Tasha Kheiriddin of the National Post wrote a great article on the cost of day care for your child. Most people advocating for day care (or “Early Childhood Education”, as they call it) cite studies claiming that kids in day care learn more skills that will eventually be building blocks in their future jobs. This may in fact be true, because day care often has teaching sessions, almost like kindergarten, where kids are taught certain things. But even those benefits are being challenged by new research, as Ms. Kheiriddin explains. Moreover, the day care advocates ignore what is sacrificed in the process.
Studies have found that kids in day care don’t develop as much creativity. When you teach kids something, they tend to learn that something but not much else. Kids need time to fidget and tinker with their toys, invent nonsensical fairy tales and what not. A child’s brain is like a sponge with an incredible capacity to learn and discover. They need to do some of that discovering on their own, through creativity.
What we’re seeing in society today is a generation that can’t think outside the box because they don’t do much thinking at all. People are all too happy to delegate to the State the responsibility for many important decisions in their life. They’re too busy entertaining themselves to be bothered with any thinking.
Studies cited by Ms. Kheiriddin also find that day care may contribute to a lack of attention among children (perhaps explaining the epidemic of Attention-Deficit Hyperactivity Disorder), more illness at a young age (day cares are virtual incubators for colds and flus), and the loss in parenting ability and affection.
That last one is a real biggie. You can’t outsource the raising of your kids to an under-paid and over-worked day-care employee. This isn’t a knock against day-care workers. They’re being asked the impossible. You can’t expect a perfect stranger to provide loving and nurturing care for so many kids of varying needs and backgrounds. Some workers may even intentionally be holding back so as not to be emotionally hurt when the children leave the day care. It’s called “guarding your heart” and I don’t blame them for seeking some detachment.
Let’s be frank for a sec. If a couple is dropping the kids off at the day care at 8 am and picking them up at 5 pm, the kids spend 9 hours per day with the day care workers. How many hours are they spending with the parents? Maybe a couple of hours in the morning and 3 hours in the evening before bedtime? So about 5 hours a day? So they spend almost twice as many hours a day with the day care worker than with the parents? And you don’t think that affects their sense of attachment or their emotional development?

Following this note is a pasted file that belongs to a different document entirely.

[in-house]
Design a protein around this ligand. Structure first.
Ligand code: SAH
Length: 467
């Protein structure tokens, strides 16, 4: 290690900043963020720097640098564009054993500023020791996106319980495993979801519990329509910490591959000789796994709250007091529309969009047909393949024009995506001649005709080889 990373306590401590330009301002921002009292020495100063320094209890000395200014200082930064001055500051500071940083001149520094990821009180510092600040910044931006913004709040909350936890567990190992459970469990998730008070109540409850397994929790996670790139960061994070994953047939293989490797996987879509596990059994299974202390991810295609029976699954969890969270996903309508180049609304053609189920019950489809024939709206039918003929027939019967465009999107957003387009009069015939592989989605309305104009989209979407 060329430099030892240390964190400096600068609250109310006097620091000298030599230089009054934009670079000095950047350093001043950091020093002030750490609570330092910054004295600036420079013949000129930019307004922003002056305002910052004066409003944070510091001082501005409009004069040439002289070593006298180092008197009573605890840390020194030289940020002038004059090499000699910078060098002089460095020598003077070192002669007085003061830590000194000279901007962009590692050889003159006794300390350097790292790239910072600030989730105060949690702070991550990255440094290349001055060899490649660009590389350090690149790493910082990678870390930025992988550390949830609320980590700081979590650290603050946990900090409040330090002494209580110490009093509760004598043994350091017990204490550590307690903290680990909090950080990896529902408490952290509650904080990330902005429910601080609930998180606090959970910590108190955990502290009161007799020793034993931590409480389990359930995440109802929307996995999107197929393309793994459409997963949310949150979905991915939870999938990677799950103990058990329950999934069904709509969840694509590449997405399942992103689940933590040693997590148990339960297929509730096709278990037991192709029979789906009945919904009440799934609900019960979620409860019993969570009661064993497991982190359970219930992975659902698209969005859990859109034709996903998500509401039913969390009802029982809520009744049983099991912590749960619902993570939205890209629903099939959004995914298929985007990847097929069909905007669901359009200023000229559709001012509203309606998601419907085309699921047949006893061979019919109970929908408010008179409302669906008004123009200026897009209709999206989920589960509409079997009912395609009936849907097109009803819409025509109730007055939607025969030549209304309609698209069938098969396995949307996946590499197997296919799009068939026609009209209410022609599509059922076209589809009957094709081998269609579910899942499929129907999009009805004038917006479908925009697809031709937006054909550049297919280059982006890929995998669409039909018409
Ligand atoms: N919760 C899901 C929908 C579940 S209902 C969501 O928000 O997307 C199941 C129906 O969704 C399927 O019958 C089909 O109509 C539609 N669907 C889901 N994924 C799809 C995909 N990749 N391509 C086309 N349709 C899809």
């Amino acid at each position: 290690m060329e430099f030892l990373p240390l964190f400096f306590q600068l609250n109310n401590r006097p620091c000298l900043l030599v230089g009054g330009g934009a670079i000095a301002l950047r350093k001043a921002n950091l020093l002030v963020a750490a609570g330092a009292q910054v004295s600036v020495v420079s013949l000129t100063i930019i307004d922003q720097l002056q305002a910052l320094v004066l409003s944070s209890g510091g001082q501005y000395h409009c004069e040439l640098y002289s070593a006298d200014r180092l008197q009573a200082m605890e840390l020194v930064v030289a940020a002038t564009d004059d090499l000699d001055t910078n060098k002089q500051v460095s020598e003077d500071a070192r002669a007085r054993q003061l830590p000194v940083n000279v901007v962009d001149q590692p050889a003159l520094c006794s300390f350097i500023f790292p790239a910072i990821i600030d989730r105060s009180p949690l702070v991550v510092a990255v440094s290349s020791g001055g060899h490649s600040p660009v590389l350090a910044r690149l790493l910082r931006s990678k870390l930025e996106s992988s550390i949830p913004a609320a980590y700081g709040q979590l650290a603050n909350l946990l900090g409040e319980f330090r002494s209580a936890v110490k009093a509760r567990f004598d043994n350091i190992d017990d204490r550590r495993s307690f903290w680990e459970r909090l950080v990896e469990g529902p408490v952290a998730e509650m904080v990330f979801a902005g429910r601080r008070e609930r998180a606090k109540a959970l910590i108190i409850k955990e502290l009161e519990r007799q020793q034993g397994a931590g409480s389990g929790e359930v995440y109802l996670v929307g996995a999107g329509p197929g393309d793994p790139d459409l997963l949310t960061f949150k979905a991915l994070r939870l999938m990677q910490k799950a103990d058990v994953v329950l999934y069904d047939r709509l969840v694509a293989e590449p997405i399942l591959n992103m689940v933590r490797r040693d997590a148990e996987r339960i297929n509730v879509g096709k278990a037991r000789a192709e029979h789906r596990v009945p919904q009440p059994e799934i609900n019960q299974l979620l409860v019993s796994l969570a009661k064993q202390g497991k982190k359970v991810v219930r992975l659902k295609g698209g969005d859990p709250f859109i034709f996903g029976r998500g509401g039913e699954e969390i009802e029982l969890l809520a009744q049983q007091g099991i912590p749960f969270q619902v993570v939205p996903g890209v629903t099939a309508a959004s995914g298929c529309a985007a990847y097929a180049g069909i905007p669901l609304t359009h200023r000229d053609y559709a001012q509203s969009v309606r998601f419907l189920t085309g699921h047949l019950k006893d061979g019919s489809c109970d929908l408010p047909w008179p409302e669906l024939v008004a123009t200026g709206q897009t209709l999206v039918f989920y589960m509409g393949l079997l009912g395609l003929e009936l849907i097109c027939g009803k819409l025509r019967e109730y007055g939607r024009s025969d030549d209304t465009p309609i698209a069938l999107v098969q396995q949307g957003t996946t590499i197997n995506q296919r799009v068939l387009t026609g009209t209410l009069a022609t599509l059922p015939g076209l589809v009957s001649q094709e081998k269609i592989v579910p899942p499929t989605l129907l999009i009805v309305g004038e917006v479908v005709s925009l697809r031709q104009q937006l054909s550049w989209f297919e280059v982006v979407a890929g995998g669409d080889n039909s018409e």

These ain’t just dogs that can be dropped off at the kennel when you go on vacation. If anything, the kids can get confused and start thinking that the day care workers are the real parents. Don’t blame the kids for making these kind of connections:
Day care worker = the people that let me play with toys and scribble all day.
Parents = those grumpy people that force me to eat the broccoli, go to bed early and yell at me because they’ve had a rough day at work.
Humans have complex emotional needs, especially at such a young age. If we wonder why kids have so little respect for their parents when they become adolescents, perhaps we should consider the little respect shown to them as young children by treating them like cattle on a dairy farm (just feed and clean).
I leave you with Ms. Kheiriddin’s conclusion:
When you factor in the billions of dollars a year it would cost to implement ECE [Early Childhood Education] for all two-to-five year olds, it becomes very clear that there are better things to do with this money, including leaving it in parents’ pockets so that one can choose to work less and parent more for those first few years. “We need to turn our family policy junkyard into a human development system”, says the Early Years 3 report. No, we don’t. We need to turn human development back over to families, where it belongs. (Source)
Amen to that.